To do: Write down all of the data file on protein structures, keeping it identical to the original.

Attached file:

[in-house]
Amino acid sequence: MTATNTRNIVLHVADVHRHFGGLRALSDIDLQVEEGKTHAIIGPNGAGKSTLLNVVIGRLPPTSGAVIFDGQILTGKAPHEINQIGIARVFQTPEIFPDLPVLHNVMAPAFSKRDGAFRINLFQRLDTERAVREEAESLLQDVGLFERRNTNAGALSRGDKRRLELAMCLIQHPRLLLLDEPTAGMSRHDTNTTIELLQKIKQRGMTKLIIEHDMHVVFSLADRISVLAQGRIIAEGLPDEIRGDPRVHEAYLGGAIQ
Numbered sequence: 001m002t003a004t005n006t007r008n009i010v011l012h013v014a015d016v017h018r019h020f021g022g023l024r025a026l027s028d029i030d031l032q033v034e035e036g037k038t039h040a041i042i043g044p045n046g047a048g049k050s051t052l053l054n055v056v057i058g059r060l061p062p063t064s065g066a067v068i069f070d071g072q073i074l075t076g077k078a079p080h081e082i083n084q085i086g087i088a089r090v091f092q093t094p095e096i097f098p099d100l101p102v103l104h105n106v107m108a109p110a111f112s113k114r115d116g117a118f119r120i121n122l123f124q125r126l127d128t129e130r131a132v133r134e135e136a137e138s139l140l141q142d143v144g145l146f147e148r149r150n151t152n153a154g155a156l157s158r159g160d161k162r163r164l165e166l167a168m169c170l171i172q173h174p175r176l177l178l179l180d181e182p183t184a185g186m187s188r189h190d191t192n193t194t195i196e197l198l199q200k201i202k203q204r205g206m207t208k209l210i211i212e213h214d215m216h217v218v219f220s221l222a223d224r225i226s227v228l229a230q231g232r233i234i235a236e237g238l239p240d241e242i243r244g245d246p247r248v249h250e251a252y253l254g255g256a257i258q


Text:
[in-house]
Amino acid sequence: MTATNTRNIVLHVADVHRHFGGLRALSDIDLQVEEGKTHAIIGPNGAGKSTLLNVVIGRLPPTSGAVIFDGQILTGKAPHEINQIGIARVFQTPEIFPDLPVLHNVMAPAFSKRDGAFRINLFQRLDTERAVREEAESLLQDVGLFERRNTNAGALSRGDKRRLELAMCLIQHPRLLLLDEPTAGMSRHDTNTTIELLQKIKQRGMTKLIIEHDMHVVFSLADRISVLAQGRIIAEGLPDEIRGDPRVHEAYLGGAIQ
Numbered sequence: 001m002t003a004t005n006t007r008n009i010v011l012h013v014a015d016v017h018r019h020f021g022g023l024r025a026l027s028d029i030d031l032q033v034e035e036g037k038t039h040a041i042i043g044p045n046g047a048g049k050s051t052l053l054n055v056v057i058g059r060l061p062p063t064s065g066a067v068i069f070d071g072q073i074l075t076g077k078a079p080h081e082i083n084q085i086g087i088a089r090v091f092q093t094p095e096i097f098p099d100l101p102v103l104h105n106v107m108a109p110a111f112s113k114r115d116g117a118f119r120i121n122l123f124q125r126l127d128t129e130r131a132v133r134e135e136a137e138s139l140l141q142d143v144g145l146f147e148r149r150n151t152n153a154g155a156l157s158r159g160d161k162r163r164l165e166l167a168m169c170l171i172q173h174p175r176l177l178l179l180d181e182p183t184a185g186m187s188r189h190d191t192n193t194t195i196e197l198l199q200k201i202k203q204r205g206m207t208k209l210i211i212e213h214d215m216h217v218v219f220s221l222a223d224r225i226s227v228l229a230q231g232r233i234i235a236e237g238l239p240d241e242i243r244g245d246p247r248v249h250e251a252y253l254g255g256a257i258q